Creating a feedback culture is important. Frequent feedback can help employees understand what they’re doing well and what needs to change, so they can improve their performance. And in addition to that, most employees want to receive consistent feedback from their peers and managers.
Let's first have a look at what we mean by creating a peer feedback culture.
The aim of an open feedback culture is to create a work environment where all levels feel welcome and comfortable giving feedback to each other, from peer to peer.
Establishing a peer feedback culture takes some time and in this article, we will discuss the Why, the What, the How, the Who, and the When. So let's start with the Why.
Why should we create an open peer feedback culture?
Receiving feedback from your peers supports a growth mindset, it fosters alignment, and feedback in general increases employee wellbeing. Employees and team members crave feedback, provided it is given well. If you want to learn more about giving impactful feedback, read this article. Including peers in your feedback gives another perspective, as peers often observe behaviors, which a manager can not observe and thus provides a new facet to support personal growth. Creating a peer feedback culture where the team rather than the individual is put first helps to build high-performing teams.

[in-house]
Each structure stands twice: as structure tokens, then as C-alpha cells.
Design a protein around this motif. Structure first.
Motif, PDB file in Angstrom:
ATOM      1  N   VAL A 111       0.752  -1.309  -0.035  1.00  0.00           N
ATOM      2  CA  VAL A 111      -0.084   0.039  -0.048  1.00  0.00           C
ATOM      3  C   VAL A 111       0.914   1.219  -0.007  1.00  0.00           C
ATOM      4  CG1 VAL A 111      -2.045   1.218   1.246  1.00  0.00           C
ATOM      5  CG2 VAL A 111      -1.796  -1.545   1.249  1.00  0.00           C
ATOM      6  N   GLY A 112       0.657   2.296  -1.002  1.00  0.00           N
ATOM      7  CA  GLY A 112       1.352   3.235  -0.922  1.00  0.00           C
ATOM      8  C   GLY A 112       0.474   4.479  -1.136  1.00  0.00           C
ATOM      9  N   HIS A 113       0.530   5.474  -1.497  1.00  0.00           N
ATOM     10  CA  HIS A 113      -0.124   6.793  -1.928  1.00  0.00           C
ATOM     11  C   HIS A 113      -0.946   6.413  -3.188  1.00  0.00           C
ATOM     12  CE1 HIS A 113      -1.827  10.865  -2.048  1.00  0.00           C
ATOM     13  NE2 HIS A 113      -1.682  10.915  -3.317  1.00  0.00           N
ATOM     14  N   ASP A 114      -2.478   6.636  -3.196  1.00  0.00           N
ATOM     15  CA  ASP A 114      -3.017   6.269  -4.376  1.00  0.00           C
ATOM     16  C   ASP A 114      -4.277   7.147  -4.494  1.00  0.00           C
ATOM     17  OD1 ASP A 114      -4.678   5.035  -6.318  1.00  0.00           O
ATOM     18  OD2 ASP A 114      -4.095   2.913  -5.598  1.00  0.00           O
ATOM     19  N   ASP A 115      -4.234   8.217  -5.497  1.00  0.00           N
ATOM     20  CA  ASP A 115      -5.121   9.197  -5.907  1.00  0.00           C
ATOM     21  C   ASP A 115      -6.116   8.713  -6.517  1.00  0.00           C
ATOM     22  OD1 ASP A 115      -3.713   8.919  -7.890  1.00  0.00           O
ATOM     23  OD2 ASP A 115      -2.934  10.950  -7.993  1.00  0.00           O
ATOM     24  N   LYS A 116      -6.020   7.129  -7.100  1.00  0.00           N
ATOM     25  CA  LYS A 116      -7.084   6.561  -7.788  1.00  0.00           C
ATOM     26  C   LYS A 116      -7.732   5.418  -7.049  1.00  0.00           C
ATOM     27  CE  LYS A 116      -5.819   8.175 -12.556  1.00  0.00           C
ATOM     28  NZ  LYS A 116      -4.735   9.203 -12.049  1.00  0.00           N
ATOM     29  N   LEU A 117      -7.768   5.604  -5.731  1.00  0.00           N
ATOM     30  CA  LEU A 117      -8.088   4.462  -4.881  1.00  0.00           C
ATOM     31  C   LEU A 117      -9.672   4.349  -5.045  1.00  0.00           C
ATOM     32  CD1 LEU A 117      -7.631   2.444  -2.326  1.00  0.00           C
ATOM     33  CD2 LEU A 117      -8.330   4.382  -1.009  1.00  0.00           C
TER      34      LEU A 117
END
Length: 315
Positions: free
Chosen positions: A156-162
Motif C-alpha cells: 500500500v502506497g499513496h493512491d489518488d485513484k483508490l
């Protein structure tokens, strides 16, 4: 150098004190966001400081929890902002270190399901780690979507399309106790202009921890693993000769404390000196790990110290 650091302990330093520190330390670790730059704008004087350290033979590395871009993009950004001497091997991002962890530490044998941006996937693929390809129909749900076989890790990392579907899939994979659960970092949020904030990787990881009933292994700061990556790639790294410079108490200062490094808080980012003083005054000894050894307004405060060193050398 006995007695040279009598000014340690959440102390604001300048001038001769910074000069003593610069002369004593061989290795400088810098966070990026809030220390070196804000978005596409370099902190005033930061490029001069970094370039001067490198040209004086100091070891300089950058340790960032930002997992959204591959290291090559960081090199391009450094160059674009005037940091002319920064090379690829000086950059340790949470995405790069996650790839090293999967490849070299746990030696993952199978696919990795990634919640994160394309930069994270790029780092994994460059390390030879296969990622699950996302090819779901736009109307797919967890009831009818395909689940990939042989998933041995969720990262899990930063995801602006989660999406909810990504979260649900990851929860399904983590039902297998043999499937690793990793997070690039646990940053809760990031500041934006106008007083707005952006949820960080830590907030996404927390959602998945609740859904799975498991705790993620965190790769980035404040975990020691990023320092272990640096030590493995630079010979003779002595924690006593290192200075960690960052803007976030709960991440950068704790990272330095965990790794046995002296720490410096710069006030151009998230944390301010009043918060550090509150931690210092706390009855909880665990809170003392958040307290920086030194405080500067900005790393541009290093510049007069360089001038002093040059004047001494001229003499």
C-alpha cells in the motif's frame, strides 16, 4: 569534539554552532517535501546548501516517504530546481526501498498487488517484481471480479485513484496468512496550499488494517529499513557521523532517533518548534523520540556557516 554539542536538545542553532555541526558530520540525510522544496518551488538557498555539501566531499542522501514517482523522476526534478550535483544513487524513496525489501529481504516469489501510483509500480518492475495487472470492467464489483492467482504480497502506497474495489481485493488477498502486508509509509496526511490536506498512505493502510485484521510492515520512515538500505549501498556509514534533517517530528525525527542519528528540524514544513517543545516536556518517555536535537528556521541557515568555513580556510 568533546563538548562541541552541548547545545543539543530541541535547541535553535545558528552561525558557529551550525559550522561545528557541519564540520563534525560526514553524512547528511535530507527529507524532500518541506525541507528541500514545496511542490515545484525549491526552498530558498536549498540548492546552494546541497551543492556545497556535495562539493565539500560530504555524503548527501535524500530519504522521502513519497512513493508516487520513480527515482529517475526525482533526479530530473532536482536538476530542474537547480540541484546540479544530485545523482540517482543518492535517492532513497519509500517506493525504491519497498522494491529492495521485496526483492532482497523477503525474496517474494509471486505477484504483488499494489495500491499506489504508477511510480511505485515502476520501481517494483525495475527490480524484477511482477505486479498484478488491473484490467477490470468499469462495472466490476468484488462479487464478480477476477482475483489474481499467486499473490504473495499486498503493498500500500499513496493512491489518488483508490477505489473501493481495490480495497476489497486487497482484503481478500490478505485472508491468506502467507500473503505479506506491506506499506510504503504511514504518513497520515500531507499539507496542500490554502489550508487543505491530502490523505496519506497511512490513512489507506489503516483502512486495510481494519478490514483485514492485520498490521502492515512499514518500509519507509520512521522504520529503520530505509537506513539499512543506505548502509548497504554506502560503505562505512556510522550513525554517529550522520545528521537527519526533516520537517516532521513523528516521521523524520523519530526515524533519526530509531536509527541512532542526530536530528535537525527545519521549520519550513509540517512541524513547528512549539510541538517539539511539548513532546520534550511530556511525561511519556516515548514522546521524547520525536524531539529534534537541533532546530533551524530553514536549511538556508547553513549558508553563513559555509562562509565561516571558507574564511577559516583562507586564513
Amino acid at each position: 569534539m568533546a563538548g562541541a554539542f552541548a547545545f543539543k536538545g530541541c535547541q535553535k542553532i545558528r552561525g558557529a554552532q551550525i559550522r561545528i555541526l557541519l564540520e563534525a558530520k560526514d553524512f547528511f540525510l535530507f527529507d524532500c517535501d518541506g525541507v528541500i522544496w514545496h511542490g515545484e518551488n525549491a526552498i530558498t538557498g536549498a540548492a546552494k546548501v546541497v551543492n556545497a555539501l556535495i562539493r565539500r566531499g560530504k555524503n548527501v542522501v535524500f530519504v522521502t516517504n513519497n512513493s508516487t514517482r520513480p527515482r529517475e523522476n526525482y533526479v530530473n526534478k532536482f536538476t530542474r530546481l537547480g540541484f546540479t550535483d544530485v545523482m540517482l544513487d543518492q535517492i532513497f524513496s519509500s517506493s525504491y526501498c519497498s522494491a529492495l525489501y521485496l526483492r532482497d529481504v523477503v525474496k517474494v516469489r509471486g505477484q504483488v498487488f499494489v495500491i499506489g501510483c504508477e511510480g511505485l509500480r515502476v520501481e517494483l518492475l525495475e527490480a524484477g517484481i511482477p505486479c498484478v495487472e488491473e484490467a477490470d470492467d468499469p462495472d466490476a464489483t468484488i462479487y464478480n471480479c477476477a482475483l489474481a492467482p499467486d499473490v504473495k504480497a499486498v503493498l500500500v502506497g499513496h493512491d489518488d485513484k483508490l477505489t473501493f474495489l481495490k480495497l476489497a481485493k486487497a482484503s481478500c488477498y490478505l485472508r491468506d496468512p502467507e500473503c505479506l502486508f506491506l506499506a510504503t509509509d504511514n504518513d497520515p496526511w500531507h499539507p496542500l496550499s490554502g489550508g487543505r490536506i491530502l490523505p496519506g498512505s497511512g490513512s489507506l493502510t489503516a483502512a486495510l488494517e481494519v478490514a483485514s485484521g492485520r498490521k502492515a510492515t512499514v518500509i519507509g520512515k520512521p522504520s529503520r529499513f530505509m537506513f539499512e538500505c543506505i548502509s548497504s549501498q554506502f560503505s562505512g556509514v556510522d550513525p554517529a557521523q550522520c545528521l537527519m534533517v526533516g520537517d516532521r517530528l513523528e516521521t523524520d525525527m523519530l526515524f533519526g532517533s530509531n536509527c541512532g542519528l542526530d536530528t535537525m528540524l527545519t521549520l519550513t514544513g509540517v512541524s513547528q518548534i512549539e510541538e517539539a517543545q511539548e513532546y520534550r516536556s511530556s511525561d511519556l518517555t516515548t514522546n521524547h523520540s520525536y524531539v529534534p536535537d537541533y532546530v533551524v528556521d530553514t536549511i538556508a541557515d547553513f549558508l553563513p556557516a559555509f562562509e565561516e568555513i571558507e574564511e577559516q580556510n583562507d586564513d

What does it take to create a peer feedback culture?
First and foremost it takes trust to create a peer feedback culture. People who receive peer feedback must feel safe and comfortable that giving peer feedback will not be reprimanded in any way and that it is accepted as an incentive to grow. Secondly, it takes time. If your organization is new to sharing feedback back, ensure to give plenty of time. Set up the processes, communicate the benefits, and take it step by step. On the other hand, you also need to set aside enough time to share feedback and learn from it. Weekly peer coaching sessions or setting aside free time for learning are beneficial. The third element to creating a peer feedback culture is involvement. Everyone from the CEO to the intern should be included. Ask members from all levels to contribute and share their input. This creates buy-in and if you have champions who actively live an open feedback culture, your organization will soon grow into it. Lastly, it takes a growth mindset. On the individual level to improve your skills and build on your strengths. By nature we enjoy learning - just remember how as a small child we could not get enough of exploring and learning. When we put the team spirit first, a growth mindset shows in bringing our team forward to achieving great results together. This mindset should be lived actively by all people, including leaders and incorporates openly requesting feedback and, sharing the received feedback to create a learning environment.